Ain’t gonna happen, people. And chances are, nobody has hacked your stupid TV and is using its camera (assuming it has one) to watch you watching TV. Your webcam? Turn it off. Cover it with a bit of tape if you like. Ditto the camera on your phone.

But whatever you do, don’t use security fears as a way to overcome the feeling that you aren’t important to anyone. Instead, use the same energy to do some volunteer work or something else that will make the world a better place, which is the real way to be important!

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Robin "Roblimo" Miller

Robin "Roblimo" Miller is a freelance writer and former editor-in-chief at Open Source Technology Group, the company that owned SourceForge, freshmeat, Linux.com, NewsForge, ThinkGeek and Slashdot, and until recently served as a video editor at Slashdot. He also publishes the blog Robin ‘Roblimo’ Miller’s Personal Site. @robinAKAroblimo

21 comments to No, Evil Hackers Aren’t After You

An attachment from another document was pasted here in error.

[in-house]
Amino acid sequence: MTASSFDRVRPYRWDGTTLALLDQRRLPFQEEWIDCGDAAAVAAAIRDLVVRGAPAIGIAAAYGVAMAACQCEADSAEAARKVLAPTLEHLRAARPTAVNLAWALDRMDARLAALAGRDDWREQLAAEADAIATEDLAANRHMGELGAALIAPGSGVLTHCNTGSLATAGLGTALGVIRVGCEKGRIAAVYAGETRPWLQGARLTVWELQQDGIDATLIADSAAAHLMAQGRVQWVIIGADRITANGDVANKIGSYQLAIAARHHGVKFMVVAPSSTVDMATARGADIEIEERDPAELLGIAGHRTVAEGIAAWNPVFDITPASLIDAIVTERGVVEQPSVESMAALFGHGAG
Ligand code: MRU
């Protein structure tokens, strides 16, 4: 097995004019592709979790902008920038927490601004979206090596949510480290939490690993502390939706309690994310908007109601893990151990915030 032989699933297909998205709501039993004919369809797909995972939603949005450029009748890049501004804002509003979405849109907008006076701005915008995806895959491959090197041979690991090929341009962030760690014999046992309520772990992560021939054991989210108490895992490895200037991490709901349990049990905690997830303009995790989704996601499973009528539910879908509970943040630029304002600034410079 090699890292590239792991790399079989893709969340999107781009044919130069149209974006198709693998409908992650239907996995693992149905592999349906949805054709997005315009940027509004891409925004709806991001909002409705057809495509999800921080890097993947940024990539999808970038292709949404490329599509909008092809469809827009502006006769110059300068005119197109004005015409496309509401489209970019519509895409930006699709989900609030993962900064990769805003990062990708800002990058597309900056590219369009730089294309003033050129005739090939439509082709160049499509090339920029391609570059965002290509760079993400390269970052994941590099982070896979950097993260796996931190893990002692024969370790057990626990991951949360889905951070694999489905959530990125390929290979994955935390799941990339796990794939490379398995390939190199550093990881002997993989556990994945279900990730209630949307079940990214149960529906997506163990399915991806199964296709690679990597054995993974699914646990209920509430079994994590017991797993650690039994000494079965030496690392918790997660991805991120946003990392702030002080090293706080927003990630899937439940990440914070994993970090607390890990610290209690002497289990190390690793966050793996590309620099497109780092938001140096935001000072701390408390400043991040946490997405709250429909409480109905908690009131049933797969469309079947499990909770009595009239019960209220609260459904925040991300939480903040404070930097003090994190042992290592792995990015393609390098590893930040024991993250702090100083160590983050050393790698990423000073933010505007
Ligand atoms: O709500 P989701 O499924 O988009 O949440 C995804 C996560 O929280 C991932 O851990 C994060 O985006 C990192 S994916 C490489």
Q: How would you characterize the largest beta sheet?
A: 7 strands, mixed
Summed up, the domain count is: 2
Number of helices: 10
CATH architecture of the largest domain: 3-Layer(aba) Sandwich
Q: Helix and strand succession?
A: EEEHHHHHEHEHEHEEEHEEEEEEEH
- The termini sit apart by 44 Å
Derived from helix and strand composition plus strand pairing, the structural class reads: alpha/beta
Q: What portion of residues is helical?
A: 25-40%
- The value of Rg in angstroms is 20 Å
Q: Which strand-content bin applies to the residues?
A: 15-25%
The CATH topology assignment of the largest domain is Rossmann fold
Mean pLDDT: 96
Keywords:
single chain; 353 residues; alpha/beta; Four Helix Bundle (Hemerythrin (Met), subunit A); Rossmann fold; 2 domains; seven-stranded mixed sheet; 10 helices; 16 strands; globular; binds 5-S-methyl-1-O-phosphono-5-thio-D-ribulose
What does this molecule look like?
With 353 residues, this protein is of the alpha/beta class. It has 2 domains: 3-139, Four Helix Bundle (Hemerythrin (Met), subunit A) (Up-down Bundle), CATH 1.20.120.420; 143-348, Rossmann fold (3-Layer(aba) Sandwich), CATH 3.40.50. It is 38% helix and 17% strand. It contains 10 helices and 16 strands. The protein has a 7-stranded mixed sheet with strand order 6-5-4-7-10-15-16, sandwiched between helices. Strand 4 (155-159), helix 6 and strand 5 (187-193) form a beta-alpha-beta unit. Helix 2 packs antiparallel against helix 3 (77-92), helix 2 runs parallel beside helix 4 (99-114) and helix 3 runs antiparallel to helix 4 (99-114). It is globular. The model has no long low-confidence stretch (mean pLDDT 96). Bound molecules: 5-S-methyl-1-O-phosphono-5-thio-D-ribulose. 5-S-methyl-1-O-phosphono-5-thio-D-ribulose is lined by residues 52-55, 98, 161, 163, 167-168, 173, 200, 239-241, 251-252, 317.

• tracyanne

    >>>>You do encrypt your hard drive don’t you? Just in case?

    Yep.

    >>>>You probably have a 72-character Facebook password, too.

    Don’t use Facebook, don’t like being The Product, same reason I don’t have a G+ account or Google search, or Bing or Yahoo, for that matter.

    >>>What about your Gmail account? Two-factor authorization, right?

    The Gmail account exists so I can provide an email address when posting to places like FOSS Force. So I don’t give a rats arse about 2 factor authentication. If anyone wants to hack into it, they will probably find a shitload of spam.

    I don’t keep personal data on my computer, never have. Yep I keep the Camera covered, and the microphone blocked with an open circuit jack in the Microphone socket.

    Don’t use smart devices or IoUT devices, because the fact is some corporate database IS storing any and all personal information.